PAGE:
CANEGROWERS has welcomed today’s announcement from the Natural Resources, Mines and Energy Minister Dr Anthony Lynham that irrigation water prices would remain unchanged or fall in over the next twelve months.
“Back at the start of March, when farmers were told by the Queensland Competition Authority it recommended price rises of up to 50% in some regions, CANEGROWERS called for a freeze,” CEO Dan Galligan said.
“We are pleased to see the Queensland Government has listened to our concerns and provided some temporary relief.
“This gives some certainty for the next year to irrigators who are trying to manage escalating domestic price pressures in a difficult global market but it leaves pricing after 2021 up in the air.
“The COVID-19 pandemic has reminded everyone how much we rely on farmers and our food systems and a government ‘investment’ towards water supplies to keep production happening at an affordable level is justified.
“However, this one-year price freeze is a temporary measure. It still puts farmers in the firing line of potential massive price increases in the future. For example, irrigators in the Pioneer Valley are facing increases in recommended water prices of up to 45% over the next four years.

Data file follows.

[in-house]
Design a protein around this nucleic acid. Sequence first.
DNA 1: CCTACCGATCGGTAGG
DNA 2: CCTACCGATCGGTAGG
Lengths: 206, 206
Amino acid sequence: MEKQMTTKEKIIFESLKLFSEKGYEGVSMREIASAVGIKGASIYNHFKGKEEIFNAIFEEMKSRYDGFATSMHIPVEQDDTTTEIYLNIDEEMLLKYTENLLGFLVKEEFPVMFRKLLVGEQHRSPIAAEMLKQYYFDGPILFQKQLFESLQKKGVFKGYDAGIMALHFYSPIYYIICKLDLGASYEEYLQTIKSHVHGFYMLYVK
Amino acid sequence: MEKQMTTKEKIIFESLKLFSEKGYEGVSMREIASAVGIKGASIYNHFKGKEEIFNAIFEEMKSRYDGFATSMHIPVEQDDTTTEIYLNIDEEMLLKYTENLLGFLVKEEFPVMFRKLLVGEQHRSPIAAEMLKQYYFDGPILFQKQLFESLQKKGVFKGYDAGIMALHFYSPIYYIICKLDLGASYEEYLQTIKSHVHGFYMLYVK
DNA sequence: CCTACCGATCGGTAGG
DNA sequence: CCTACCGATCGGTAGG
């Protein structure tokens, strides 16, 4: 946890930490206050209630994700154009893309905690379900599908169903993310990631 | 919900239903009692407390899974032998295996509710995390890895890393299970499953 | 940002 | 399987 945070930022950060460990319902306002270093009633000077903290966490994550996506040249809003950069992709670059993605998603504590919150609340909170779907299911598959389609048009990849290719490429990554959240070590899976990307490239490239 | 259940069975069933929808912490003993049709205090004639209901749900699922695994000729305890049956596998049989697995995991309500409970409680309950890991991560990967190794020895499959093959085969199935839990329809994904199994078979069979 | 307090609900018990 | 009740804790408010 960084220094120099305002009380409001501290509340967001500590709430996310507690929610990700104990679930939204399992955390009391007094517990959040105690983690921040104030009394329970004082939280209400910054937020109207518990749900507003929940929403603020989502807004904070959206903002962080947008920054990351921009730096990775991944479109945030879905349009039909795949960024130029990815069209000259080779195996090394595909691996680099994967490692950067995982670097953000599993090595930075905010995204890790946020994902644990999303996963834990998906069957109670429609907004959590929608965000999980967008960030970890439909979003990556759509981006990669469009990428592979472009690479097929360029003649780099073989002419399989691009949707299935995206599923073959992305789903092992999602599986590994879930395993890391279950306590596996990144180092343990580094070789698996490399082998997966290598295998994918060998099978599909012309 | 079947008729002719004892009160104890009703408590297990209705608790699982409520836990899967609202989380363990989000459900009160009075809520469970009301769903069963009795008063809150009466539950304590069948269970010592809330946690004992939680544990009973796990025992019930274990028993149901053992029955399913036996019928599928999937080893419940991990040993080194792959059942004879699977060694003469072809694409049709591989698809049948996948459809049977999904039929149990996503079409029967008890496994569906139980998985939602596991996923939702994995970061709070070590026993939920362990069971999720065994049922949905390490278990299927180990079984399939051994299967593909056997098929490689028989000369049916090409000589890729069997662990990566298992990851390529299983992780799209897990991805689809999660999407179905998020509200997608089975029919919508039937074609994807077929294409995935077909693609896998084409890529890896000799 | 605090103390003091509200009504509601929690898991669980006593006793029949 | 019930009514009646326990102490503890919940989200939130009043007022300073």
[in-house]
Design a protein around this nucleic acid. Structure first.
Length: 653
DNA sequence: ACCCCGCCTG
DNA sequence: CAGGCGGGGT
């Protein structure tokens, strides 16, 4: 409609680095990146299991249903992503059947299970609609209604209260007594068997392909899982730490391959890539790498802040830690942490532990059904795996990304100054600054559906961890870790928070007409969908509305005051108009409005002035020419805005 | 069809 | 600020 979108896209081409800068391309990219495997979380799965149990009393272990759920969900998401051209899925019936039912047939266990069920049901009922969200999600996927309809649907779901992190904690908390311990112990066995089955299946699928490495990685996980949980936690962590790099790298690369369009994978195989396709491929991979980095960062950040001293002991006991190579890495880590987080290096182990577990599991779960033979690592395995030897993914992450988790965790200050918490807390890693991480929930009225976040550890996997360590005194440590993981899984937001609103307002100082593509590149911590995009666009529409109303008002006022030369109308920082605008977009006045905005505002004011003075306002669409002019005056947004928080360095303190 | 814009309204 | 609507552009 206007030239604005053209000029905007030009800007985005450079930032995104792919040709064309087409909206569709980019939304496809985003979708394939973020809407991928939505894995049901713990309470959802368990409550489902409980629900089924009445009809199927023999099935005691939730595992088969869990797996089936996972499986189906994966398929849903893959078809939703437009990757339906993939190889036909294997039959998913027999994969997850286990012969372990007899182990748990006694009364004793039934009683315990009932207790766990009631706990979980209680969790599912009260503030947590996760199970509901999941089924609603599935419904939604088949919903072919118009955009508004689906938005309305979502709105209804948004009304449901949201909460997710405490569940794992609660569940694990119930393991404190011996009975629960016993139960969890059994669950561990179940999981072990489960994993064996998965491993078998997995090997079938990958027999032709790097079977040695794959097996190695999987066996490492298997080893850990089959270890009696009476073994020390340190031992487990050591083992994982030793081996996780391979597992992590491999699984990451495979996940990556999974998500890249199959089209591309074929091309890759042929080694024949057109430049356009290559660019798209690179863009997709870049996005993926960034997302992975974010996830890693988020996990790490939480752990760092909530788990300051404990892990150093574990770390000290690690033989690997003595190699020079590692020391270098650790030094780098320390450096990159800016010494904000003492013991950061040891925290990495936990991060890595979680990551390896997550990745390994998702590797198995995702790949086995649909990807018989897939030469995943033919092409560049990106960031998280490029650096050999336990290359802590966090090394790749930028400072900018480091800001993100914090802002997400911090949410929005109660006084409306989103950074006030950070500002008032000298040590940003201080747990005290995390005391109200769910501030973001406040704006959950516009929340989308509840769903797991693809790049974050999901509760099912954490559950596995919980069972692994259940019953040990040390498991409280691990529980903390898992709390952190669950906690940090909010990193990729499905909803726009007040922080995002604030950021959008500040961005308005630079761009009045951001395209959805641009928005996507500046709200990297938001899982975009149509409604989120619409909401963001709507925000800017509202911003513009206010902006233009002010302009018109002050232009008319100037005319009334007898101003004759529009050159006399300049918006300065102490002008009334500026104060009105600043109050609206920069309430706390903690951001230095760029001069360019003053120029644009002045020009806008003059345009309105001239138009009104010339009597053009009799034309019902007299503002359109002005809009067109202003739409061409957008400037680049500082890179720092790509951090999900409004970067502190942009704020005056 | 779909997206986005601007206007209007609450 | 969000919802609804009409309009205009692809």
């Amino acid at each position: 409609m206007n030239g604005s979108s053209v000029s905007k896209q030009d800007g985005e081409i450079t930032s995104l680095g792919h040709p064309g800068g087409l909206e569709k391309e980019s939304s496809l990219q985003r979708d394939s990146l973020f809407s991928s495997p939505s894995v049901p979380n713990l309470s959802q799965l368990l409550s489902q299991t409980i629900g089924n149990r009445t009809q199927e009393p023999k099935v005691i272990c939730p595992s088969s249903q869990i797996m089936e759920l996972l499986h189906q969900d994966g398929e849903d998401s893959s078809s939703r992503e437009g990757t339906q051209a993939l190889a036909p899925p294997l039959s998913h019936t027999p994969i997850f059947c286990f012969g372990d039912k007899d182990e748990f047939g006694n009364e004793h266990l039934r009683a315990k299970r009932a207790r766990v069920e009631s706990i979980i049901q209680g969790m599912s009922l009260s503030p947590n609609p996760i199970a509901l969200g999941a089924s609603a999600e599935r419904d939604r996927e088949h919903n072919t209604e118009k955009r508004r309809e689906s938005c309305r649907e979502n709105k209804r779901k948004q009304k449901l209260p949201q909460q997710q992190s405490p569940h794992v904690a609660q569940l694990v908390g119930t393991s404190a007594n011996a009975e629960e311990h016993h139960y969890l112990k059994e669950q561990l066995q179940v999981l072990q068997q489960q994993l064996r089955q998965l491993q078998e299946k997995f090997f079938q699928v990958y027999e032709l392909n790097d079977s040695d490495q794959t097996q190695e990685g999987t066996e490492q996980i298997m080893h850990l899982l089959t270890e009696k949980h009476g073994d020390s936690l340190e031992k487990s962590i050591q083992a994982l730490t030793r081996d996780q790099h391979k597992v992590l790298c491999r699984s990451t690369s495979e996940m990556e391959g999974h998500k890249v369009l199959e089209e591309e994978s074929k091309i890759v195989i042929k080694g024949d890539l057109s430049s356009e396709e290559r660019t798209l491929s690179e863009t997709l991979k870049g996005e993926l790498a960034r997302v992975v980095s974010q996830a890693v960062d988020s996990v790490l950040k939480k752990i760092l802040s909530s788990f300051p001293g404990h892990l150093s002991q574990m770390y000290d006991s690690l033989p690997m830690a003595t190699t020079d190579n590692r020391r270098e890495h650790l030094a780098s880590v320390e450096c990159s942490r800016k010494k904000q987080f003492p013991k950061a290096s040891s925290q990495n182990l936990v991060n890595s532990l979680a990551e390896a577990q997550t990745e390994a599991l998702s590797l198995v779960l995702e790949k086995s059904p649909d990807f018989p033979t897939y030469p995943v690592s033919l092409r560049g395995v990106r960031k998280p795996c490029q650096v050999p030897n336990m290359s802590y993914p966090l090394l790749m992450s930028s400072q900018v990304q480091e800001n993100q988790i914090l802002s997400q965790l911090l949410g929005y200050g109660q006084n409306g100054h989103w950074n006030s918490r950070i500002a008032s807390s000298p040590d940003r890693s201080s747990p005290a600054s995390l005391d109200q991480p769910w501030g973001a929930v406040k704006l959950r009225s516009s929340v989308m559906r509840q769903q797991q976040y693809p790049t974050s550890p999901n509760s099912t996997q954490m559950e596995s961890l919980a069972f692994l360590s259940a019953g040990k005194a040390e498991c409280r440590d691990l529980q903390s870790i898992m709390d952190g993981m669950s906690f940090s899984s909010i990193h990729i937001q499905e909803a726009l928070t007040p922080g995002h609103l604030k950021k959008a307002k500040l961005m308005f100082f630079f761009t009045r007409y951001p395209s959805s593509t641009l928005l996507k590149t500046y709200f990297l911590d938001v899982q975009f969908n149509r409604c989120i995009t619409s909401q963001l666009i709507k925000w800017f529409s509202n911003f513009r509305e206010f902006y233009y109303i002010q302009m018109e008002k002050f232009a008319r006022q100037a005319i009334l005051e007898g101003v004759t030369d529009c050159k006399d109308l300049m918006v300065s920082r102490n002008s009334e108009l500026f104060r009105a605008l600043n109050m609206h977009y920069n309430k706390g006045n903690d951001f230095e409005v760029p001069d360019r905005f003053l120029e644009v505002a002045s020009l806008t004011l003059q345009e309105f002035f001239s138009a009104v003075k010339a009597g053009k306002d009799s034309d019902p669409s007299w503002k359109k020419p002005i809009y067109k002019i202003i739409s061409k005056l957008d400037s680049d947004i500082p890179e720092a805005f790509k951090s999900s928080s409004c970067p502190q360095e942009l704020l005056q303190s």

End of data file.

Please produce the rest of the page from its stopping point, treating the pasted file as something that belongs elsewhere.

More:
"The next year needs to be used to address some outstanding issues and put in place long term plans for irrigation schemes to be productive and viable to support food production."
CANEGROWERS has called for a systematic review to identify and address a number of water resource management, infrastructure and related matters which may improve the viablity of irrigation schemes under stress, beginning with Pioneer, Eton and Lower Mary.
“With more than 65% of our $2.5 billion sugarcane crop in Queensland reliant on irrigation, the resilience and efficiency of irrigation schemes is a huge issue for our industry," Mr Galligan said.
“We are an export industry competing in a highly volatile global market and having our productivity constrained by local policies is not sustainable long term.
“The Minister should be acknowledged for providing this short-term relief and we look to working with the government on longer term solutions.”